Tuesday, March 27, 2012

The Smug Mummy Evaluates: That "My Kid is Fat" Book Deal

It was the book deal heard 'round the parenting world - Dara-Lynn Weiss, the parent who described in this month's Vogue her efforts to put her "fat" (her words, not mine) 7-year-old daughter, Bea, on a Weight Watchers-style diet, just inked a book deal. And here we thought "French parenting" was controversial:

The lead photo accompanying the Vogue article (via New York Magazine)


After seeing the online explosion about this yesterday - nothing like a little Mama Drama to drive book sales - this Vogue subscriber actually picked up the magazine and . . . read the article. Shocking, I know.

What I come away with is a . . . jumble of feelings. Weiss is a parent who thinks she's doing well by her daughter but one who is also deeply torn about her own eating issues, who acknowledges the deep unpopularity of her & her doctor's choice to implement this diet.

She admits to denying Bea food when she was hungry. She admits to publicly berating Bea, other family, and wait staff over food choices. She states about her own daughter, in an international fashion magazine, ". . . that fat girl is a thing of the past."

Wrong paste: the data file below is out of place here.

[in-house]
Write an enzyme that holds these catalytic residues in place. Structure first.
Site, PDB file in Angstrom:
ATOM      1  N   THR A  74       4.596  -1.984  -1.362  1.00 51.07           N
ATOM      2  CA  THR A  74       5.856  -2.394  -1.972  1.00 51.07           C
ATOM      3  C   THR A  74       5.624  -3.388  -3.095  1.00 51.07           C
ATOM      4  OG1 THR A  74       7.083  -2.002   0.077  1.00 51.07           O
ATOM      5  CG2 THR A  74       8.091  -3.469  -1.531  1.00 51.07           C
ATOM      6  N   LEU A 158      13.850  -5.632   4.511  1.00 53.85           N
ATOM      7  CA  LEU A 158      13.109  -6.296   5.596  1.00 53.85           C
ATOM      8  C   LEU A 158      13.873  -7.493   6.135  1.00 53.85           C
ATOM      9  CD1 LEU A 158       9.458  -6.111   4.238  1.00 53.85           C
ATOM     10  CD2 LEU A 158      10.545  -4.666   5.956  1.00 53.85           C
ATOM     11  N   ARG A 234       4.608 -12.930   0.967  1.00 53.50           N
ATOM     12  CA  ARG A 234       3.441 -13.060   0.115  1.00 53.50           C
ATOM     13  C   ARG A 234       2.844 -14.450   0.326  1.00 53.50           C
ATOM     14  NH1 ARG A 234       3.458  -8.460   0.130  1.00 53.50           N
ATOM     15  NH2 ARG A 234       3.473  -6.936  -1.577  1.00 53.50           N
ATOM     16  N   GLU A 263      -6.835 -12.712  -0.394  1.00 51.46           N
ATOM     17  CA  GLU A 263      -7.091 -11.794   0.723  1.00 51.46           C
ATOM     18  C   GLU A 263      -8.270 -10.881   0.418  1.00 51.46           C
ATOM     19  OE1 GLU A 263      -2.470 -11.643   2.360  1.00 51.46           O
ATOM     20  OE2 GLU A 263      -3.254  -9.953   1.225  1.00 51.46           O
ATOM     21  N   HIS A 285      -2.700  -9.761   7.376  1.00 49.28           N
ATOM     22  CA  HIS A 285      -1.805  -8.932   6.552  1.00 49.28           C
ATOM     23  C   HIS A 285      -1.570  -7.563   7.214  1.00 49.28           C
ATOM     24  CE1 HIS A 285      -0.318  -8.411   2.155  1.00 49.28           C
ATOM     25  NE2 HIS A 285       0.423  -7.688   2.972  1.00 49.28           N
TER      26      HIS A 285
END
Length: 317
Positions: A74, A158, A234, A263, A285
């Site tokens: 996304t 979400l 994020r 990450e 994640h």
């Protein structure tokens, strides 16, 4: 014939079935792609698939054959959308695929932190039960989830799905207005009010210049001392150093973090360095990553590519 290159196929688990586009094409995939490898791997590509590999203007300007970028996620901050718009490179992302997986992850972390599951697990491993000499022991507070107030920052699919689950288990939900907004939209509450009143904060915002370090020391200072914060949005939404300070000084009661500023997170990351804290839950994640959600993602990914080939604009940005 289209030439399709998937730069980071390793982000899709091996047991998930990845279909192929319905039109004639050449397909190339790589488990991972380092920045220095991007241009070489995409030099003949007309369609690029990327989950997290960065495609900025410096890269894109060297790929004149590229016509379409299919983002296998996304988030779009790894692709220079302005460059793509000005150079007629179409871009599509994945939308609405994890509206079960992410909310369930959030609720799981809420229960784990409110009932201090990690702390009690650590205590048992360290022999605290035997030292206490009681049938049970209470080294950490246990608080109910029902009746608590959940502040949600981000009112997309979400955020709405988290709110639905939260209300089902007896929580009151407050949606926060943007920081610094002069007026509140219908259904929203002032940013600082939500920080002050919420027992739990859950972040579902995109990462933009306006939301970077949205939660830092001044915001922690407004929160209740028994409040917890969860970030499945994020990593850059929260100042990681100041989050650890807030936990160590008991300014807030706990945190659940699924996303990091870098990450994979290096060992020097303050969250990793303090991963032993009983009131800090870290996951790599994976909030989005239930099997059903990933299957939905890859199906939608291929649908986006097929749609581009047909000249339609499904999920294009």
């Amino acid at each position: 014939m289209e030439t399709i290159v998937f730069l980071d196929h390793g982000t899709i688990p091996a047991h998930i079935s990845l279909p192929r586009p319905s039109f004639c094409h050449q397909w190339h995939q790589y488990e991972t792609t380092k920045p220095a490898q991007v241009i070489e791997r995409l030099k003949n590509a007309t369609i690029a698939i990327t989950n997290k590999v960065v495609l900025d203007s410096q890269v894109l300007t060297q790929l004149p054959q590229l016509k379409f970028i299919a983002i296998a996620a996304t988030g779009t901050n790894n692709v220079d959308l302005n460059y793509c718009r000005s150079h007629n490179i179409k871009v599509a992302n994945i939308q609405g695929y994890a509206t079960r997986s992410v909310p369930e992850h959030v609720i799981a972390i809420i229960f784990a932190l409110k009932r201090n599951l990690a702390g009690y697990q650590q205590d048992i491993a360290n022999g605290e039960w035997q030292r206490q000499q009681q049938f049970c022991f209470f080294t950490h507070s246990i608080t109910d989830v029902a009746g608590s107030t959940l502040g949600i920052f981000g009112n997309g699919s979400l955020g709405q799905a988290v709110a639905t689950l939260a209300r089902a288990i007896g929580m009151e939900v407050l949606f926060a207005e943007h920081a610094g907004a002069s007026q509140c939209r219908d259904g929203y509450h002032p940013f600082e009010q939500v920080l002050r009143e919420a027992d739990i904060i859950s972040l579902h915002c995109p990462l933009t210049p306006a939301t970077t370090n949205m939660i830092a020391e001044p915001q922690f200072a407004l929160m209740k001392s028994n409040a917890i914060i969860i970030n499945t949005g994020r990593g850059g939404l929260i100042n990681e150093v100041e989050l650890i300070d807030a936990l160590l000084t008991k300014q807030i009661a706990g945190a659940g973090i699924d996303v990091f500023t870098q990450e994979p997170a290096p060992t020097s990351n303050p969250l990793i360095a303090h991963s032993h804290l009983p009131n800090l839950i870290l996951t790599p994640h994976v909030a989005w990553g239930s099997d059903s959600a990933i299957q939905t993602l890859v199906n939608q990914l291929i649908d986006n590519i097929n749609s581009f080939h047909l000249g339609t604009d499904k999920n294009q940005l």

*pauses to hit head on keyboard*

The little girl in me - the slightly chubby one who started middle school on a diet mandated by a coach*, the anorexic one who graduated high school with a scholarship and an eating disorder, both hard-earned - she grieves. Grieves for the daughter and the mother - yes, both - though of course it's the daughter who is the ultimate victim, the one who will have to live with that article & eventual book forever.  Are we to expect anything different, though, in a society so deeply torn about which messages we send about women's sizes - "Fight obesity!" "Love yourself for who you are!" "Beauty comes in all sizes!" "But you'll only see size 0 represented in a magazine!"

(*Thankfully, my family quickly figured out this wasn't ok - I quickly dropped the diet and the sport.)

The adult in me acknowledges that obesity, childhood obesity included, is a very real health concern, particularly here in the US. We won't solve it by not talking about it.